Yaldā Night

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Yaldā Night (Persian: شب یلدا shab-e yalda) or Chelle Night (also Chellah Night, Persian: شب چلّه shab-e chelle) is an ancient festival in Iran,[1][2] Afghanistan,[3] Azerbaijan, Tajikistan, Iraqi Kurdistan,[4][5] Uzbekistan, Turkmenistan, Dagestan and Turkey that is celebrated on the winter solstice.[6] This corresponds to the night of December 20/21 (±1) in the Gregorian calendar, and to the night between the last day of the ninth month (Azar) and the first day of the tenth month (Dey)[rs 2] of the Iranian solar calendar.[rs 2]

Yalda night
Table of Chelle Night
Observed byIran Iran
Afghanistan Afghanistan
Azerbaijan Azerbaijan
Kurdistan Region Iraqi Kurdistan
Turkey Turkey (by Azeris and Kurds)
Russia Russia (by Dagestani people)
Canada Canada (by Iranian Canadians and Kurdish Canadians)
United States United States (by Iranian Americans and Kurdish Americans)
SignificanceLongest night of the year[rs 1]
DateDecember 20, 21 or 22 (night of the Winter Solstice)
Related toYule, Nowruz, Tirgan, Chaharshanbe Suri

The festival is celebrated in Iran and the regions of greater Iran, including Azerbaijan, Iraqi Kurdistan, Balochi areas, Afghanistan and Tajikistan.[7][8][9][10][11][12] The longest and darkest night of the year is a time when friends and family gather together to eat, drink and read poetry (especially Hafez) and Shahnameh until well after midnight. Fruits and nuts are eaten and pomegranates and watermelons are particularly significant. The red color in these fruits symbolizes the crimson hues of dawn and the glow of life. The poems of Divan-e Hafez, which can be found in the bookcases of most Iranian families, are read or recited on various occasions such as this festival and Nowruz. Shab-e Yalda was officially added to Iran's List of National Treasures in a special ceremony in 2008.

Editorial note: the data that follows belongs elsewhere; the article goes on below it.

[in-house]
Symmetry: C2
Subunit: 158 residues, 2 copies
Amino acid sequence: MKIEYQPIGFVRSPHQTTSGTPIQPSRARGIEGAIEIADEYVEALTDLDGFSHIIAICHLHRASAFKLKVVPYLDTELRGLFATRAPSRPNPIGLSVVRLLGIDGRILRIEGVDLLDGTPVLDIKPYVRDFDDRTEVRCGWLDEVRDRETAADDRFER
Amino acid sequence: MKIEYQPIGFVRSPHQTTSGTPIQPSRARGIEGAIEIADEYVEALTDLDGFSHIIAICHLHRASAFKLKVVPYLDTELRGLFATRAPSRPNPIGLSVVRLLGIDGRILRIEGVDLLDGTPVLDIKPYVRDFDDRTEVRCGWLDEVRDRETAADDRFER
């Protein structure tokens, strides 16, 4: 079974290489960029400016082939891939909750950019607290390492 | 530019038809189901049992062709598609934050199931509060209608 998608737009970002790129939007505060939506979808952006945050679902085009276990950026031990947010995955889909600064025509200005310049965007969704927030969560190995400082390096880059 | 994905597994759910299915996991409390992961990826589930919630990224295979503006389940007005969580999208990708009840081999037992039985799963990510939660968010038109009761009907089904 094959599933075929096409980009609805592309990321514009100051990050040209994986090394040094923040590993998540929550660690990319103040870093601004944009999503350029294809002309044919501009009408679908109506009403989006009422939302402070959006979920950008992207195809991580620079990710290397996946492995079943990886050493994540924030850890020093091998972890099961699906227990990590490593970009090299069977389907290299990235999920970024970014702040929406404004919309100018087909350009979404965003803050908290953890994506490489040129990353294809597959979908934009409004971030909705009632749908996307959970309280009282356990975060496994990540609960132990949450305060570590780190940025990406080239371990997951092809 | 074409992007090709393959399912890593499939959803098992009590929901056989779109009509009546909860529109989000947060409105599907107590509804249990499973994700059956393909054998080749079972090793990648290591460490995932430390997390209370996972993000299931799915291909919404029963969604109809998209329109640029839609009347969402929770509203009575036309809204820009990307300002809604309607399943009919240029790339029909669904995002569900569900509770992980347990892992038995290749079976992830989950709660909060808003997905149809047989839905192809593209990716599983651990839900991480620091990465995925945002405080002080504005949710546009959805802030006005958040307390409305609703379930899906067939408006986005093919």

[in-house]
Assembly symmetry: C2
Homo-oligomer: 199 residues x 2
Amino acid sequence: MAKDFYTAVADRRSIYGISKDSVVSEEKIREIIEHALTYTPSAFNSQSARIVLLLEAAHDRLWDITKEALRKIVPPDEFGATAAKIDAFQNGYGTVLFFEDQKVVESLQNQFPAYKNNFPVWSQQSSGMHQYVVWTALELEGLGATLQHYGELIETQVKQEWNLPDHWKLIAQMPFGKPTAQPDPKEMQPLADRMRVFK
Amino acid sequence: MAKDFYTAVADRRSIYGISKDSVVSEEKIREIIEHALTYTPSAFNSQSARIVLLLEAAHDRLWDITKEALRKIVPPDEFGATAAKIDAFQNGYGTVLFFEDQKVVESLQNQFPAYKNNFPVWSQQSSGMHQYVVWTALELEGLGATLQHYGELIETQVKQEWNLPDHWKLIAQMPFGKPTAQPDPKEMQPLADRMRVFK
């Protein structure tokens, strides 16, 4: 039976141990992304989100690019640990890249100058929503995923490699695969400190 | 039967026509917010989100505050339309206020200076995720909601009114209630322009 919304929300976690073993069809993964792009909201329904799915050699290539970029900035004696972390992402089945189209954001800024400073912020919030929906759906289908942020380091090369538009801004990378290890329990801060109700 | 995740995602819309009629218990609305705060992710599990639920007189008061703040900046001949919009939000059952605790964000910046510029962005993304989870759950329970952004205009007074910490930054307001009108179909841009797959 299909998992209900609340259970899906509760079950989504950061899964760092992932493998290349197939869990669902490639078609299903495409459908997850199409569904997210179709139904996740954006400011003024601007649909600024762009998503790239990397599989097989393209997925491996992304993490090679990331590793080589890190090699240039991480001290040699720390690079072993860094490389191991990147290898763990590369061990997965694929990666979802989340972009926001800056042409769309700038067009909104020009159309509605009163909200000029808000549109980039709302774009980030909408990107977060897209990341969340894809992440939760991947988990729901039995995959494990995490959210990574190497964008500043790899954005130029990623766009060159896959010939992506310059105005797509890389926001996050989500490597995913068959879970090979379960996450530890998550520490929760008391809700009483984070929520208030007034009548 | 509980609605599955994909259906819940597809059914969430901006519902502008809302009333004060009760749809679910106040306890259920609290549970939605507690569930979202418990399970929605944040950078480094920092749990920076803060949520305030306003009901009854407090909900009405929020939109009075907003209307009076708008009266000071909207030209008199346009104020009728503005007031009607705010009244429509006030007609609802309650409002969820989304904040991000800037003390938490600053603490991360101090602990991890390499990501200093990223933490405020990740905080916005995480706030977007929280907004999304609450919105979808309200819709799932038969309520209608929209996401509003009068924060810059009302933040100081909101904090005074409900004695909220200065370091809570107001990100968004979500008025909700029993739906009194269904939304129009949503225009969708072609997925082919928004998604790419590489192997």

The longest and darkest night of the year marks "the night opening the initial forty-day period of the three-month winter",[rs 1] from which the name Chelleh, "fortieth", derives.[rs 2] There are all together three 40-day periods, one in summer, and two in winter. The two winter periods are known as the "great Chelleh" period (1 Day to 11 Bahman,[rs 2] 40 full days), followed/overlapped by the "small Chelleh" period (10 Bahman to 30 Bahman,[rs 2] 20 days + 20 nights = 40 nights and days). Shab-e Chelleh is the night opening the "big Chelleh" period, that is the night between the last day of autumn and the first day of winter. The other name of the festival, 'Yaldā', is ultimately borrowing from Syriac-speaking Christians.[rs 1][rs 3][rs 4] According to Dehkhoda,[rs 5] "Yalda is a Syriac word meaning birthday, and because people have adapted Yalda night with the nativity of Messiah, it's called the name; however, the celebration of Christmas (Noël) established on December 25, is set as the birthday of Jesus. Yalda is the beginning of winter and the last night of autumn, and it is the longest night of the year". In the first century, significant numbers of Eastern Christians were settled in Parthian and Sasanian territories, where they had received protection from religious persecution.[13] Through them, Iranians (i.e. Parthians, Persians etc.) came in contact with Christian religious observances, including, it seems, Nestorian Christian Yalda, which in Syriac (a Middle Aramaic dialect) literally means "birth" but in a religious context was also the Syriac Christian proper name for Christmas,[rs 6][rs 4][rs 1][rs 3] and which—because it fell nine months after Annunciation—was celebrated on eve of the winter solstice. The Christian festival's name passed to the non-Christian neighbors[rs 4][rs 1][rs 3][rs 5] and although it is not clear when and where the Syriac term was borrowed into Persian, gradually 'Shab-e Yalda' and 'Shab-e Chelleh' became synonymous and the two are used interchangeably.